The teacher describes a picture and children listen and draw. The text can be shorter or longer as needed and should be based on language the students have previously been presented with and practiced. Students compare their pictures to see if they have drawn the same things. Eg We can see a street. A girl with red hair is talking on her mobile phone. Two men are wearing purple hats. A boy is running with his dog.
You can develop this activity by next eliciting sentences about the pictures from the students. eg What is the boy doing?
Follow that by asking Fliers students to write 2 or 3 sentences to describe things in their picture. Monitor closely and help children write their sentences correctly.
This activity is cyclical. Children listen, imagine/understand and draw. Then they have to produce the sentences orally, giving further practice and then they write one or two sentences with support, producing the written form. They can then write some more sentences to dictate to their partner, who has to add what is described to their picture.
Particularly for Starters and children whose alphabet is different to English, it is a good idea to practice spelling regularly.
Ask them to bring in a cardboard box or supply some card. They should cut up the card into 26 small squares, write one letter of the alphabet on each one. These they can keep in their pencil cases, so that every lesson you can spend some time eg asking them to spell a word (arranging their squares) after you say it. Show a picture and they have to make the word, then spell out the word aloud. They can also work in pairs – one student says a word, the other writes it.
If they have this resource, you’ll find that many will keep ‘playing’ with these even at home.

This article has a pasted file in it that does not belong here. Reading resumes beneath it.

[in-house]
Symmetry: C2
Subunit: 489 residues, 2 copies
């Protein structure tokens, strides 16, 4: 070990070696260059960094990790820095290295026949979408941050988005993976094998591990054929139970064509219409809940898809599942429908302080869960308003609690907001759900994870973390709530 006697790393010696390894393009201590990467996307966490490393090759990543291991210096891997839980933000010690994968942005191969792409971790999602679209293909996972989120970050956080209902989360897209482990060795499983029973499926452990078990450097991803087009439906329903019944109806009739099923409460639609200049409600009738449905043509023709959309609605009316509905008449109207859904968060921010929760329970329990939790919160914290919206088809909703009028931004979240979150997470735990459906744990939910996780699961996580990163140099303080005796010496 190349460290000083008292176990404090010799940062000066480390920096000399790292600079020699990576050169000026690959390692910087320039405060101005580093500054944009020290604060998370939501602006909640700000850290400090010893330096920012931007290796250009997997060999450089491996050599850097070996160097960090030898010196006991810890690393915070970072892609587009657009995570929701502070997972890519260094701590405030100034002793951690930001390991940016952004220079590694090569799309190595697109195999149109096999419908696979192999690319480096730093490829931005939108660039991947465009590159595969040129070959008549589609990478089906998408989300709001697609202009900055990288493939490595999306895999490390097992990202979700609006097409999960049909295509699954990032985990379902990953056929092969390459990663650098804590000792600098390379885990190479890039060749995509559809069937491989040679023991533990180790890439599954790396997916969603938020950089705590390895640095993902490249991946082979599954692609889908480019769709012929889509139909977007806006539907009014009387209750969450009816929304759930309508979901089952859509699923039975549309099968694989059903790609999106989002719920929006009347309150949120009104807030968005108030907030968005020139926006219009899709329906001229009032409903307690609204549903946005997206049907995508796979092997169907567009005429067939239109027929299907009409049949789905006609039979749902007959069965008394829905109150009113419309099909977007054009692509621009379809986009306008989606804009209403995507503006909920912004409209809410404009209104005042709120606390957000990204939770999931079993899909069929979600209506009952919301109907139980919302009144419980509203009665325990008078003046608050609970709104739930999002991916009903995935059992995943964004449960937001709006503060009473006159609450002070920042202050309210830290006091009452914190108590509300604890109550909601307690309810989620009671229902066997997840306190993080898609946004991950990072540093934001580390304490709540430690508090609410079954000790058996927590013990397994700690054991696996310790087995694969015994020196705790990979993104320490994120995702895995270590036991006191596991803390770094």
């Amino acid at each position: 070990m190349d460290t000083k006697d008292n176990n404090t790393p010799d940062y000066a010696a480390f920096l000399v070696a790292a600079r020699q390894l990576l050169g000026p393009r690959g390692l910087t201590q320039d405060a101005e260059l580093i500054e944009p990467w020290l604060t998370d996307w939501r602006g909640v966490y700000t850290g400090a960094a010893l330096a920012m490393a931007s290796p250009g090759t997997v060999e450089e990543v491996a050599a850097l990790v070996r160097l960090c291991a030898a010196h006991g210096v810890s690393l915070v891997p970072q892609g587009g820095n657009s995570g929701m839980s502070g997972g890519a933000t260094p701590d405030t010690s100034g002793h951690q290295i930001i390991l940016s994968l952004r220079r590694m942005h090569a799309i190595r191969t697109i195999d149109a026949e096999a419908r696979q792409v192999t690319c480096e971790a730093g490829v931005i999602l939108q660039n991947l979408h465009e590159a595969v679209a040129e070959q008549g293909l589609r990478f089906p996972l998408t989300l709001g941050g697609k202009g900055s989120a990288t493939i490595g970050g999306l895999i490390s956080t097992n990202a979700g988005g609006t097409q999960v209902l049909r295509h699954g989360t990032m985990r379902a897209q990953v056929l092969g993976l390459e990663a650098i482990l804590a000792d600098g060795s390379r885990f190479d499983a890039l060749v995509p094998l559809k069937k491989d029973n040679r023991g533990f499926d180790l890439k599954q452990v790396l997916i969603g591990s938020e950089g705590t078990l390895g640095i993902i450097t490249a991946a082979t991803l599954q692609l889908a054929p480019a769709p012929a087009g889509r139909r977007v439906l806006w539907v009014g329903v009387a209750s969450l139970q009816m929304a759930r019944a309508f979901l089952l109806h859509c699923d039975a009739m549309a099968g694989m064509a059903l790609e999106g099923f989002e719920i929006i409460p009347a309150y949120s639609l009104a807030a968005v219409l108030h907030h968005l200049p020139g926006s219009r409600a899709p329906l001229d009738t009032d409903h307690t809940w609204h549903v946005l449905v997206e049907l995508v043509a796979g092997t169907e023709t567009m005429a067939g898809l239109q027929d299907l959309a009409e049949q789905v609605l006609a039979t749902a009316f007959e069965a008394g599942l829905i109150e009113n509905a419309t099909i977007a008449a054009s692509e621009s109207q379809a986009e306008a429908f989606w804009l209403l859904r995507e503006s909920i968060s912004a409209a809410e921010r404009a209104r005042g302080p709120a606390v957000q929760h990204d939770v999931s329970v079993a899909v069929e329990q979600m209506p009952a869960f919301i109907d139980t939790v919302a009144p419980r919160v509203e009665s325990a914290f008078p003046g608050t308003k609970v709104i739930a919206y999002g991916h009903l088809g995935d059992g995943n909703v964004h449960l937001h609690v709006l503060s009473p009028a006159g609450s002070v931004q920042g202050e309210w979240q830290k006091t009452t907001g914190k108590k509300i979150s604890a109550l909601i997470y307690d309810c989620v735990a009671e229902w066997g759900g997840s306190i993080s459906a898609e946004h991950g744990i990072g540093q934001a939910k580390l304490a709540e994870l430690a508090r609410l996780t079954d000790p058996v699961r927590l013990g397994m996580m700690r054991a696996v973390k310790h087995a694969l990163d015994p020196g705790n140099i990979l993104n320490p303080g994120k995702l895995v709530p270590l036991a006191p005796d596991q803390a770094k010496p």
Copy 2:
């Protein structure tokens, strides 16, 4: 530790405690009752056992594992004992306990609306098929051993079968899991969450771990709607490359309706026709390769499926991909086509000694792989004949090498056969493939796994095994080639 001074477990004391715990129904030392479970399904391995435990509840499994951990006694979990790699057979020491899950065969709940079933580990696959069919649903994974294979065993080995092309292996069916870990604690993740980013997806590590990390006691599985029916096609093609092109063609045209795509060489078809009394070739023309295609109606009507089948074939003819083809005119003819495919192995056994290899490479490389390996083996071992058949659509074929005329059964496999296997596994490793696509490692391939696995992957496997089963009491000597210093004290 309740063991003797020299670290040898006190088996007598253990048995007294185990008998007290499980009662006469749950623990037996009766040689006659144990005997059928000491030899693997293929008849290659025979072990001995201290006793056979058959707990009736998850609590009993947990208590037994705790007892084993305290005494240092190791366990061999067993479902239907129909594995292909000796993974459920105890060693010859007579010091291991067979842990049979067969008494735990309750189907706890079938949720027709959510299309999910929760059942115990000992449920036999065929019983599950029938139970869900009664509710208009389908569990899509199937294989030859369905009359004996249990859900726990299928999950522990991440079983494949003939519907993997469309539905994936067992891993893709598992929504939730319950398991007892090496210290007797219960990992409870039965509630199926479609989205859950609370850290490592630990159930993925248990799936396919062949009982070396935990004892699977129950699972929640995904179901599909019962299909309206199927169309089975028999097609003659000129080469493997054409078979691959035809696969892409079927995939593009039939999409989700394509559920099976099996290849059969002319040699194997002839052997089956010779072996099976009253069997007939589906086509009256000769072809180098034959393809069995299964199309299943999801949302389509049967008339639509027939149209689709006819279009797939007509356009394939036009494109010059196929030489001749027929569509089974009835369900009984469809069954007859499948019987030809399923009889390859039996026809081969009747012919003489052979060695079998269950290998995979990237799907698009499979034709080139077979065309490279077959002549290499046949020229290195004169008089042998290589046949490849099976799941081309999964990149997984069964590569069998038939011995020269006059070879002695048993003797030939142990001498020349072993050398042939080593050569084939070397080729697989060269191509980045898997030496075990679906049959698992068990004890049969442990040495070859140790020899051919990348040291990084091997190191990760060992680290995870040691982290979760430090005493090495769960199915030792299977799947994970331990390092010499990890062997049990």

Daily writing on board routines
For example, once you have presented and practiced talking about the weather, organise the class so that every day a different student starts the lesson by writing the day’s weather on the board. They can do this while the others are settling down, finding their books etc. Eg Today it’s raining. It’s sunny today.
You can extend this to other topics, eg It’s Jane’s birthday today. Happy Birthday, Jane! It’s Teacher’s Day today. etc.
This is a regular meaningful practice of writing the structures and practice vocabulary that will become a part of class management as well as language practice.
Problem solving appeals to children and matching tasks allow children to make sense of language internally without having to explain grammar – they are allowed to put into practice what they have noticed and acquired. This is particularly useful and appropriate for Fliers.
Prepare a task like this – cut up pairs of a dialogue and ask students to match them on their tables in pairs or small groups.
|My car is very dirty.||Shall I help you wash it?|
|I am thirsty.||Shall I get you some water?|
|I am hungry?||Shall I make you a sandwich?|
|Oh. I have earache.||Shall I take you to the doctor?|
|My maths homework is very difficult.||Shall I help you?|
|It’s raining.||Shall I get your umbrella?|
For more ideas on preparing your learners for YLE tests, see Olha’s blog. Keep a look out for Olga’s next blog post on exam preparation activities for teens.